Second Union

Second Union

RECAP: Doctor Who Season 10 – Thin Ice

Immediately following on from last week’s episode, Peter Capaldi’s Doctor and Pearl Mackie’s Bill find themselves in London 1814 during one of its famous frosty periods. For those that may not be aware, there have historically been incidents where it has been so cold in the English Capital that the Thames has genuinely been known to freeze over. It’s this historical legitimacy, albeit somewhat taken for granted at times, that continually makes Doctor Who episodes like this sing.

Obviously, there was not a giant fish living beneath the Thames with the capability of affecting the weather. However, that’s what this show consistently offers to fans both casual and crazed. Its willingness to ingrain fact with such ludicrous fiction may seem to some as unnecessary, and at times they may have a point. Nonetheless, the ferocity in which this current season seems to be flying at appears to be showing no signs of easing off.

From beginning to end, “Thin Ice” does not relent in its sentimentality towards the dynamic between Capaldi and Mackie. Their chemistry is intoxicatingly beautiful, the way in which they converse makes every sentence sound even better than it may even necessitate. I’ve mentioned before how well the two work together, however, it seems as though this is what’s going to be the reason Season 10 is as successful as it should be.

Furthermore, the chemistry between the two is not the only feature raising eyebrows this season. What has surprised me is the complete lack of Alien interaction at all. I’m thoroughly enjoying the fact that The Doctor appears to be the only thing Alien to the scenario we are watching. His inability to relate to the human being, married wonderfully with his obvious desire to bring reassurance to those around him has ensured the opening three episodes of Season 10 have been potentially the most successful opening since its reintroduction back in 2005.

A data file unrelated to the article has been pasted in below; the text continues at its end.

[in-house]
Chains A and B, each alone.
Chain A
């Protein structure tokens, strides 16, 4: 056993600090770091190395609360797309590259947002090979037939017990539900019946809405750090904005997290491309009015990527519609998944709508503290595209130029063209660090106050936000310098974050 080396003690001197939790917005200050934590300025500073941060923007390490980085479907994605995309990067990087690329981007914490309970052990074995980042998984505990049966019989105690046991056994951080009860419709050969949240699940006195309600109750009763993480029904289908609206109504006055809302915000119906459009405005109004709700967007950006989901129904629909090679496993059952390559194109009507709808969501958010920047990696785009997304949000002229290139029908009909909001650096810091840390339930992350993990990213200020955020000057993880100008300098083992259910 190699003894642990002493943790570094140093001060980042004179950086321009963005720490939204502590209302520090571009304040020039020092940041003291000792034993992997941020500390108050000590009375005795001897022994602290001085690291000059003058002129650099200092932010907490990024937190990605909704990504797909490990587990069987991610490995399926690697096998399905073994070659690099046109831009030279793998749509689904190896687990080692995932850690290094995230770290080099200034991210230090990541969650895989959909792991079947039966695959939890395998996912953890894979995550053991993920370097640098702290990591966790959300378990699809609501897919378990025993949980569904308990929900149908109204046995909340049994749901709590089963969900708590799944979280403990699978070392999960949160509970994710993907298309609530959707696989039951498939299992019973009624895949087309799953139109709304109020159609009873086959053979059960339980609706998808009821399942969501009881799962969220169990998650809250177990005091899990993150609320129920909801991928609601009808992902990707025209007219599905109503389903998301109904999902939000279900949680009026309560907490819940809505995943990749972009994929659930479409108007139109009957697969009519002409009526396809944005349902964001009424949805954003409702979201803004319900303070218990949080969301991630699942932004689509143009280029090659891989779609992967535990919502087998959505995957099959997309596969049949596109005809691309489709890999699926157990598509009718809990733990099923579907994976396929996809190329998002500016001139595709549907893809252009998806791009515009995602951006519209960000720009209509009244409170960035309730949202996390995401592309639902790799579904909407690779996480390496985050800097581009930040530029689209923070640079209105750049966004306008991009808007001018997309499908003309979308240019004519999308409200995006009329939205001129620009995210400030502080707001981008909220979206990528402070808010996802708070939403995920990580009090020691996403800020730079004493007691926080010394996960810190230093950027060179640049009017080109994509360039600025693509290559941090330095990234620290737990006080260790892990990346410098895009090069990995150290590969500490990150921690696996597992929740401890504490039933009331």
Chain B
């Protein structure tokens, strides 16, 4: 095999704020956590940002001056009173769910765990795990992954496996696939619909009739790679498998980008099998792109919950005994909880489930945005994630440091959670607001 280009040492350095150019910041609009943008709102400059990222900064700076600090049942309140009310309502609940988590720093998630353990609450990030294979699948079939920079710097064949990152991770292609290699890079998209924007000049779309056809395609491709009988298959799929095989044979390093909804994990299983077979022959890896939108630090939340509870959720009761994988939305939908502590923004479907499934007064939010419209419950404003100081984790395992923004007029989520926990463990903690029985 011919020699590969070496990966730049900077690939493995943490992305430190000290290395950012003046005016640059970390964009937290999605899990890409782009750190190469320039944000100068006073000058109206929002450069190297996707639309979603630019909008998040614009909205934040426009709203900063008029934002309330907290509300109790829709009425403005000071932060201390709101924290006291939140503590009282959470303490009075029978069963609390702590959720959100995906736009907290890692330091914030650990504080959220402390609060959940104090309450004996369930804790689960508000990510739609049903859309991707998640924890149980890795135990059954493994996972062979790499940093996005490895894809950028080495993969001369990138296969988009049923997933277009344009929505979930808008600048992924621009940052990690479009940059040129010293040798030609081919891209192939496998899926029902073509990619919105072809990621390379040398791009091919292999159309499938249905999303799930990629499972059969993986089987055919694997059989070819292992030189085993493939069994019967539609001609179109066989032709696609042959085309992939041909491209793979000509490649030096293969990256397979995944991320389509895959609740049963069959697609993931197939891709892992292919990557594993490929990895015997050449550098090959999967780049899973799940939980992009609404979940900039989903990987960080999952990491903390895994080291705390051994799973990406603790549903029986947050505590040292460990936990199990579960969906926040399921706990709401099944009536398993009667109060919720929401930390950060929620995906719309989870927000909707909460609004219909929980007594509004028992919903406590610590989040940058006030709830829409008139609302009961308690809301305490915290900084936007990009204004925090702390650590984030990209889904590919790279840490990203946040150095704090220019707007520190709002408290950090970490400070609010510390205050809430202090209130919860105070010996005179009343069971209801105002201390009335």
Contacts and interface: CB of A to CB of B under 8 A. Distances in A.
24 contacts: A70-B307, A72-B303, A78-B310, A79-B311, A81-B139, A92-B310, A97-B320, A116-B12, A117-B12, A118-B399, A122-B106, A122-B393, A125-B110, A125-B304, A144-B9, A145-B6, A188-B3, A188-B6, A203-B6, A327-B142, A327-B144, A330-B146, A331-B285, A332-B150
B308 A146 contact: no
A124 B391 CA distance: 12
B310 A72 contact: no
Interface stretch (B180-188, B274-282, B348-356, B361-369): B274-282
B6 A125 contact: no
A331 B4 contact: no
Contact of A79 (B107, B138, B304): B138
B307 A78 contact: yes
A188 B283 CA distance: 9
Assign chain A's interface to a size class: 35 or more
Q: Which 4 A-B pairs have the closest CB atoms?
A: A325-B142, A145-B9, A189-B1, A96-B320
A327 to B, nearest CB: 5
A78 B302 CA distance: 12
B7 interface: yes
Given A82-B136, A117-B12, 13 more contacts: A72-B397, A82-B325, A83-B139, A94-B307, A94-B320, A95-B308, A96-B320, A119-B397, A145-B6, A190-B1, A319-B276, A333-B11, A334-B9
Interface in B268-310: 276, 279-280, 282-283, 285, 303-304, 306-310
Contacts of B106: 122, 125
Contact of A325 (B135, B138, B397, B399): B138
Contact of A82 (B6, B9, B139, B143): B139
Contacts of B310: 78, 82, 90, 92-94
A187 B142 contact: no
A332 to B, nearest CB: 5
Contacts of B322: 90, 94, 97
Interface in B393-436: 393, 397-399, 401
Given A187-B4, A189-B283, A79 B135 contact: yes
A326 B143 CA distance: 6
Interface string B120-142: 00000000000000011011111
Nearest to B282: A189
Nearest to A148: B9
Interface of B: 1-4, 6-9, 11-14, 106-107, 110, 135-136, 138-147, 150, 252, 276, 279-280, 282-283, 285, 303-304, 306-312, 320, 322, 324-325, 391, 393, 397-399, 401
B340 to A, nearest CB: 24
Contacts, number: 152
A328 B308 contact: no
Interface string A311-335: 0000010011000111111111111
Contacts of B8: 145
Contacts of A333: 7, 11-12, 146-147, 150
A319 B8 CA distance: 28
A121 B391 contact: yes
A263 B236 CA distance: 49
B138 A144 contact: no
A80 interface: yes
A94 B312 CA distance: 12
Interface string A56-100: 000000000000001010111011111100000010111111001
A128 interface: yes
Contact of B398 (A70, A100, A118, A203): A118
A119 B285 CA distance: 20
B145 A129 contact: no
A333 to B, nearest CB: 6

I don’t think I can exaggerate the joy these initial episodes have produced this season. Director Bill Anderson keeps the mayhem under the shroud of darkness for a considerable amount of time, without ever creating a sense of limitation. The writing of Sarah Dollard is soft and passive. Her skill at highlighting Bill’s confusion towards The Doctor’s motives naturally provides story progression where it may have otherwise showed signs of lethargy.

So far Doctor Who has started this latest Season with an exceptional degree of intimacy, intelligence and integrity. At no point has either character felt tired, instead their work together only proves to show how different a series like this can be in comparison to the others.

Related Articles